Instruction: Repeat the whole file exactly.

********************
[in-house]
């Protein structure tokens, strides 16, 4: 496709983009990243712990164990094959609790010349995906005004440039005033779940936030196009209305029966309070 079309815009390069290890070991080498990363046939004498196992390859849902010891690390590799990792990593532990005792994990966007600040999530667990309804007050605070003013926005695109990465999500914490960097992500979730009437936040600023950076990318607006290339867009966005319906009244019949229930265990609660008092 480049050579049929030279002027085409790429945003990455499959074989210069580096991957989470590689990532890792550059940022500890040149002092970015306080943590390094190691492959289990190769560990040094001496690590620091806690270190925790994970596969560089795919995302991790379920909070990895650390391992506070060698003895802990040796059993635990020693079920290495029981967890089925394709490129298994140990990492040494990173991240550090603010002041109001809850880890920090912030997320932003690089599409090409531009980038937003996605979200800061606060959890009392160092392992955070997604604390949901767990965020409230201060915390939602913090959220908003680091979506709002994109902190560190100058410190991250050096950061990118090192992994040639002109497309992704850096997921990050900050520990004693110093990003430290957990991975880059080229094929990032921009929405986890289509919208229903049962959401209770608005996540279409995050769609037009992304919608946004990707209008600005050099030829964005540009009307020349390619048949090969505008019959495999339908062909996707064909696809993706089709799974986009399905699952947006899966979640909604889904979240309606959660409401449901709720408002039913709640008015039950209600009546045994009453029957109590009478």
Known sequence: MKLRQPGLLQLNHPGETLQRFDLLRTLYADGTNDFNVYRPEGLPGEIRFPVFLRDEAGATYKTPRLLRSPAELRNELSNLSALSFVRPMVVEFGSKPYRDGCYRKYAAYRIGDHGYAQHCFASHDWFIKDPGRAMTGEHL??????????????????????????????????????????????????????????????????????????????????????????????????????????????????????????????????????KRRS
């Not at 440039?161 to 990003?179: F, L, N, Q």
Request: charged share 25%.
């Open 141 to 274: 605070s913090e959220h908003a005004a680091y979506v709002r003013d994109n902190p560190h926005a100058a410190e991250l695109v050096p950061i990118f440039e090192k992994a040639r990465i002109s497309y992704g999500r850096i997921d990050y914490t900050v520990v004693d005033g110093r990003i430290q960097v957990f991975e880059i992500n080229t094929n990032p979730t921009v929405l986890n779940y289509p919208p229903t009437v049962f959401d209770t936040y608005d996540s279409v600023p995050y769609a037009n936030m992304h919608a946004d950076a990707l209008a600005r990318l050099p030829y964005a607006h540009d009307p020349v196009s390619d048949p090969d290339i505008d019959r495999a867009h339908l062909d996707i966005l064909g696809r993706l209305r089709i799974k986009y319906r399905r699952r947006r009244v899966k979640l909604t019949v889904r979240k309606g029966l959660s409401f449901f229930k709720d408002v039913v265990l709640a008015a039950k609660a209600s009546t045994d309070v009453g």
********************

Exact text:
[in-house]
């Protein structure tokens, strides 16, 4: 496709983009990243712990164990094959609790010349995906005004440039005033779940936030196009209305029966309070 079309815009390069290890070991080498990363046939004498196992390859849902010891690390590799990792990593532990005792994990966007600040999530667990309804007050605070003013926005695109990465999500914490960097992500979730009437936040600023950076990318607006290339867009966005319906009244019949229930265990609660008092 480049050579049929030279002027085409790429945003990455499959074989210069580096991957989470590689990532890792550059940022500890040149002092970015306080943590390094190691492959289990190769560990040094001496690590620091806690270190925790994970596969560089795919995302991790379920909070990895650390391992506070060698003895802990040796059993635990020693079920290495029981967890089925394709490129298994140990990492040494990173991240550090603010002041109001809850880890920090912030997320932003690089599409090409531009980038937003996605979200800061606060959890009392160092392992955070997604604390949901767990965020409230201060915390939602913090959220908003680091979506709002994109902190560190100058410190991250050096950061990118090192992994040639002109497309992704850096997921990050900050520990004693110093990003430290957990991975880059080229094929990032921009929405986890289509919208229903049962959401209770608005996540279409995050769609037009992304919608946004990707209008600005050099030829964005540009009307020349390619048949090969505008019959495999339908062909996707064909696809993706089709799974986009399905699952947006899966979640909604889904979240309606959660409401449901709720408002039913709640008015039950209600009546045994009453029957109590009478």
Known sequence: MKLRQPGLLQLNHPGETLQRFDLLRTLYADGTNDFNVYRPEGLPGEIRFPVFLRDEAGATYKTPRLLRSPAELRNELSNLSALSFVRPMVVEFGSKPYRDGCYRKYAAYRIGDHGYAQHCFASHDWFIKDPGRAMTGEHL??????????????????????????????????????????????????????????????????????????????????????????????????????????????????????????????????????KRRS
């Not at 440039?161 to 990003?179: F, L, N, Q």
Request: charged share 25%.
């Open 141 to 274: 605070s913090e959220h908003a005004a680091y979506v709002r003013d994109n902190p560190h926005a100058a410190e991250l695109v050096p950061i990118f440039e090192k992994a040639r990465i002109s497309y992704g999500r850096i997921d990050y914490t900050v520990v004693d005033g110093r990003i430290q960097v957990f991975e880059i992500n080229t094929n990032p979730t921009v929405l986890n779940y289509p919208p229903t009437v049962f959401d209770t936040y608005d996540s279409v600023p995050y769609a037009n936030m992304h919608a946004d950076a990707l209008a600005r990318l050099p030829y964005a607006h540009d009307p020349v196009s390619d048949p090969d290339i505008d019959r495999a867009h339908l062909d996707i966005l064909g696809r993706l209305r089709i799974k986009y319906r399905r699952r947006r009244v899966k979640l909604t019949v889904r979240k309606g029966l959660s409401f449901f229930k709720d408002v039913v265990l709640a008015a039950k609660a209600s009546t045994d309070v009453g």